For content creators, start ups, mobile developers and businesses this usually means one of two things - either to have someone on board who could guarantee that customers will have a higher chance to view the content with the matching experience, or outsource the encoding part altogether to a service or a thrid party that could do it for them. In the recent years this realisation led to the rise of services offering video encoding in the cloud, promising to fix the issue by handling the encoding process to return a video file that would play nice with web enabled devices. Apart from the fact that these services would often require a developer to automate their use via an API, they would still put the burden on their customers to decide what formats, codecs and stream settings should be used. While it's good to know that someone would take care of the actual process of video preparation, including the hardware needed for this to happen, it doesn't help much when you don't know what settings you should choose, does it?
If that is not enough, there is another issue:
CDNs and Video Encoding services have one thing in common. They cost more than they should.
Traditional CDNs bill you based on traffic. This means that for every byte of data transferred through the CDN's servers you are supposed to pay a certain amount of money. Except for that CDNs themselves don't buy their bandwidth from their providers that way. They buy unmetered bandwidth instead, which, regardless of the way it's being billed, means that no one meters the actual traffic flowing through these internet pipes. Since the pipes themselves do have a physical maximum throughput, there is also a finite maximum of data that could flow through them per second, but even if that finite maximum is being used constantly 24/7, the CDN provider will not incur additional charges by their provider. However, if you do that through the CDN's servers , you would be greeted with an unpleasant bill.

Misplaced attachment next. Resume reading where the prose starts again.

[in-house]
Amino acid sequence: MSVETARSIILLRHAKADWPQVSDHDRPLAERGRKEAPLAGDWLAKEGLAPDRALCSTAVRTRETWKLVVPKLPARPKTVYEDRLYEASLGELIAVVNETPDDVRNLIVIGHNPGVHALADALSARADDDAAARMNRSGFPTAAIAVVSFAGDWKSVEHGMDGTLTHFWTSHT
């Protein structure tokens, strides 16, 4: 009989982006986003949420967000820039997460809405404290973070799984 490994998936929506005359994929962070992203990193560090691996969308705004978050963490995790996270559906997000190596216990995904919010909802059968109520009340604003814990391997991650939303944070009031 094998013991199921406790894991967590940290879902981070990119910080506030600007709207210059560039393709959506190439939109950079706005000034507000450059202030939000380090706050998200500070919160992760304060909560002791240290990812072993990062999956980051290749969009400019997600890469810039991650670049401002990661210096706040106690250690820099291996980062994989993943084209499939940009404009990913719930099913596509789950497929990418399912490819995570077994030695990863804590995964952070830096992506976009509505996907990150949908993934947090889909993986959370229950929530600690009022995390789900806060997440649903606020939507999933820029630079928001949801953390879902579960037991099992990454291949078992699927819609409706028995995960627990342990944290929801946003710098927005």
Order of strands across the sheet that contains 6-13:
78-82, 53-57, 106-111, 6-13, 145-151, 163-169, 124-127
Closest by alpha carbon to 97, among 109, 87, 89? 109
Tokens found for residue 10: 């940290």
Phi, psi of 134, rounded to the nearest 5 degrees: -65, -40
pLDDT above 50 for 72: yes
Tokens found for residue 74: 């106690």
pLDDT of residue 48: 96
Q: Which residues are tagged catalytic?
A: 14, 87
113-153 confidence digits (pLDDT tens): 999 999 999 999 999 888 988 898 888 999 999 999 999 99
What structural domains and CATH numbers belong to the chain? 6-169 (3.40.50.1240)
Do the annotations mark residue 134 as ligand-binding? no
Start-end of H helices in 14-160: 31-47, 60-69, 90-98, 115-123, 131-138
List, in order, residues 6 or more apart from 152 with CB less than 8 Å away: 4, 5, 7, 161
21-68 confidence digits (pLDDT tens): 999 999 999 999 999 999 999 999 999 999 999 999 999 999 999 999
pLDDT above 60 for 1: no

The same goes for cloud video encoding services. The ones that aim to provide a stable service with the processing power needed to match the high expectations for the web video of today will rent or own their physical servers instead of using a third-party's cloud where resources are usually not guaranteed. When they do rent or colocate these servers, they would be billed a fixed amount per month regardless of how they utilise the hardware. Their servers could be encoding 10 videos at once 24/7 or 1 video once per month and this would not change their bill. Unfortunately, when they bill their customers, they will do so based on some metered usage, usually per minute of output, or the number of encoded videos, or the output resolution, citing that some resolutions require more processing power to be encoded within the same short timeframe the customer expects them to be. And while this is true, it doesn't make it any better for the customer.
By now it's probably obvious that if you need to encode only a couple of videos every now and then, and then to deliver them via a CDN to only a handful of customers, traditional CDNs and video encoding services should cut it and would cost a small enough amount of money to even be a consideration. Then again, if you would only need to do this at such a small scale, would you even consider hiring a developer to implement the video encoding service's APIs into your project? Or if you are a startup doing this in-house with your tech team, are you prepeared to scale your expenses as your company grows? Are these solutions still good if you've had 100 media files to encode, with 10000 views on them? What about 100000 views?